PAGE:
Hakata Dontaku Festival: It Might Rain On The Parade But You Won’t Care

Hakata Dontaku Festival: It Might Rain On The Parade But You Won’t Care

Last Updated on July 13, 2018 by eattalktraveljapan

The Dontaku Festival in Fukuoka (or Hakata, depending on who you ask) is one of the biggest in Japan and goes back over 830 years. It was rained out this year… again.

This happens every few years, so it wasn’t a surprise for most local people who think “It’s always raining during the Dontaku festival.”

The main event is a parade that goes right through the center of the city. There are enormous floats sitting on top of a wooden platform that is carried on the shoulders of a people, being trailed by various performers. There are marching bands, elaborate costumes, and dancers ranging from school children to senior citizens. The parade started at 1 pm this year, but by 2:30, we were all caught in the middle of heavy rainfall, quickly making our way toward shelter.

We ended up in the hallway of an office building watching a group of men heading for cover while carrying one of the gigantic floats. The parade that was supposed to last until 7 pm was canceled.

What is Dontaku?

Hakata Dontaku festival is one of the largest festivals in Japan held in Fukuoka on May 3rd and 4th. Many people come from outside Fukuoka prefecture since it is middle of a holiday week called Golden Week. 2 million people come every year and it’s recently been popular with travelers from other countries, too.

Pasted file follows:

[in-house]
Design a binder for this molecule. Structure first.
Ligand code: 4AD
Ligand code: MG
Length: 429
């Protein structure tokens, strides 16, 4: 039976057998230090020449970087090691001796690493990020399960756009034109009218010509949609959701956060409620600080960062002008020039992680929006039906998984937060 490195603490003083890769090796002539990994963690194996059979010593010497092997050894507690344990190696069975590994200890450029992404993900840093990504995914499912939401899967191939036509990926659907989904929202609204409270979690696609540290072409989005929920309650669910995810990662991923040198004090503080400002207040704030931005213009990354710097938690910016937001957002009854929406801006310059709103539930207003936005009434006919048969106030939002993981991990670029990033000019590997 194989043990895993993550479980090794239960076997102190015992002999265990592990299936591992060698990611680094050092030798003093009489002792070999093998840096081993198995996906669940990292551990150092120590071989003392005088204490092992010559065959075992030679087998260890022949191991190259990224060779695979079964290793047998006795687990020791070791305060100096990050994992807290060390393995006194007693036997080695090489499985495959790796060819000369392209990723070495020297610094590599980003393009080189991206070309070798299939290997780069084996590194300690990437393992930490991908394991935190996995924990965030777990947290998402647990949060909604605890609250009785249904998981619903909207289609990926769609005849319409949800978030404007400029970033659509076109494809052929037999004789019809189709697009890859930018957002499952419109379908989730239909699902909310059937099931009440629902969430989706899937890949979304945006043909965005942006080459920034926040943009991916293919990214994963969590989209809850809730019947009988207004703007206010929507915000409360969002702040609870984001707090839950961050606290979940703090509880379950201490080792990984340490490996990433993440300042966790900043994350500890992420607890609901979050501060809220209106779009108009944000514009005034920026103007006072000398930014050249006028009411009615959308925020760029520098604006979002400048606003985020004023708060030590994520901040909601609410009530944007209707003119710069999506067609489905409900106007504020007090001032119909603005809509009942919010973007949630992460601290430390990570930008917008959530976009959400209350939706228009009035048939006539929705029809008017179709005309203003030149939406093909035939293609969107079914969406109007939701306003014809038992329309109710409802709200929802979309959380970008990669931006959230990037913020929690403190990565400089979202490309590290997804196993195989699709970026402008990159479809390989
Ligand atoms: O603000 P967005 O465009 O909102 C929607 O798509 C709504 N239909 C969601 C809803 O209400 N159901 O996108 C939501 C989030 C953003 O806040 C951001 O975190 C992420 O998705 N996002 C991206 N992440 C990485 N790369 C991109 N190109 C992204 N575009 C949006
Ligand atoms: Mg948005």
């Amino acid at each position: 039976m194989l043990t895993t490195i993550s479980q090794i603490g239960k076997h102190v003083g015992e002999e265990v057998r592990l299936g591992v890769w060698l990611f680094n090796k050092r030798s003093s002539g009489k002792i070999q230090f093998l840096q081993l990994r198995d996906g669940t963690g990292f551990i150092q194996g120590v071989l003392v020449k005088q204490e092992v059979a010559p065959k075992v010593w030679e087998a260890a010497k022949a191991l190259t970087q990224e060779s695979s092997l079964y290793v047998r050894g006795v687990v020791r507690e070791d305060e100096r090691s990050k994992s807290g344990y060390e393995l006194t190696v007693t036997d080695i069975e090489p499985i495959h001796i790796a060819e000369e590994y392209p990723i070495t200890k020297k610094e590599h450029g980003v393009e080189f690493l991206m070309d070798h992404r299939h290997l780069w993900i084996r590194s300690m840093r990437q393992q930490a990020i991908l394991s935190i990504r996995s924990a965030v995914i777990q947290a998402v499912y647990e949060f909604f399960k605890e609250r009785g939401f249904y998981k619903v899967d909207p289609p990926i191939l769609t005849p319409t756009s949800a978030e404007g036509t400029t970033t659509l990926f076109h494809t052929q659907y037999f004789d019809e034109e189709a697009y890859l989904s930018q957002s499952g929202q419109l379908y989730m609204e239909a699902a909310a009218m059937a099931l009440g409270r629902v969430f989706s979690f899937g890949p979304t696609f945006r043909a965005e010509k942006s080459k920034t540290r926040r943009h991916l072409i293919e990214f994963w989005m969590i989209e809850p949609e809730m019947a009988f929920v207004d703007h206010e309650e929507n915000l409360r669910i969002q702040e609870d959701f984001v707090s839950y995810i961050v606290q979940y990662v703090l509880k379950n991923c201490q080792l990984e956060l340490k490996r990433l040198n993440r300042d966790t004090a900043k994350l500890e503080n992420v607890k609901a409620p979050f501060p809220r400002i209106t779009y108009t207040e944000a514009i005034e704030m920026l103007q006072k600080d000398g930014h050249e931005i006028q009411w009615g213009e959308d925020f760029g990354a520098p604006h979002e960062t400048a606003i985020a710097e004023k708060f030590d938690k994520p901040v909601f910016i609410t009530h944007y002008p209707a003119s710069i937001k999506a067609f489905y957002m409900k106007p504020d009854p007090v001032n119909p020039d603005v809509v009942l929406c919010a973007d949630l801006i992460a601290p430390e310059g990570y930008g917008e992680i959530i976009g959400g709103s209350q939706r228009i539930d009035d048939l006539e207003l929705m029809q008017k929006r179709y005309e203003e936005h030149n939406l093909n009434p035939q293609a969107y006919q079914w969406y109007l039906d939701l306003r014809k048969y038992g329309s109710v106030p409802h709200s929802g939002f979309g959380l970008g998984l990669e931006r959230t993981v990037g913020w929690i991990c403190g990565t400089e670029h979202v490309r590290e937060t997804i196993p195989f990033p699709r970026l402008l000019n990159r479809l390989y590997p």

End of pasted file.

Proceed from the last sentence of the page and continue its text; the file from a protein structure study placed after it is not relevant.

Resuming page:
Over 650 groups walk in the parade along Fukuoka’s main road. Each group wears unique costumes, plays music and dances according to their own traditions and religious beliefs. Student groups lead marching bands, too.

The origin of the name “Dontaku” is from the Dutch word “Zondag,” which literally means a holiday or a Sunday. You may not know this, but Japan and the Netherlands have a long relationship going back to the Edo period (17th century). The festival got its start there and has evolved into what we see today.


You may notice that many dancers and even people in the crowd are clapping wooden paddles together. These are rice paddles called “Shamoji” that serve as symbols of the festival. Shamoji represent how Japanese people use rice paddles daily to scoop rice from a rice cooker.

There are two stories on why Shamoji is the icon of the festival.

The first story is that a long time ago a wife was preparing dinner when the parade was going on. When it passed in front of her house she started dancing with the Shamoji in her hand.

The other story is that Japanese drums, “Taiko,” were expensive so only upper-class people could afford them. Shamoji, on the other hand, were not and every family had them. This made Shamoji the ideal symbol of Dontaku: A festival where it doesn’t matter which class you belong to. Anyone can enjoy and even participate in the celebration.

Join the festival

I guess this is true for any kind of festival, but the best way to enjoy yourself is to join in rather than just watching from the outside.

During Dontaku, you can join the closing dance parade from 6 pm on the 4th. You can dance with dressed up local dancers and experience the energy firsthand. It’s not a problem if you don’t know how to dance or even if you are a bad dancer. 😉 It is a very open event. They say “Hello, and welcome to people from different counties, please join us! We are happy if you enjoy dancing together. Don’t hesitate, don’t be shy! ”

They announce: “Hello and welcome to people from different countries. Please join us! We are happy if you enjoy dancing together. Don’t hesitate, don’t be shy! ”

We have been in Fukuoka 3 weeks now, and feel that people are very nice and friendly in general. If you join the closing dance you can feel a connection even more with local people.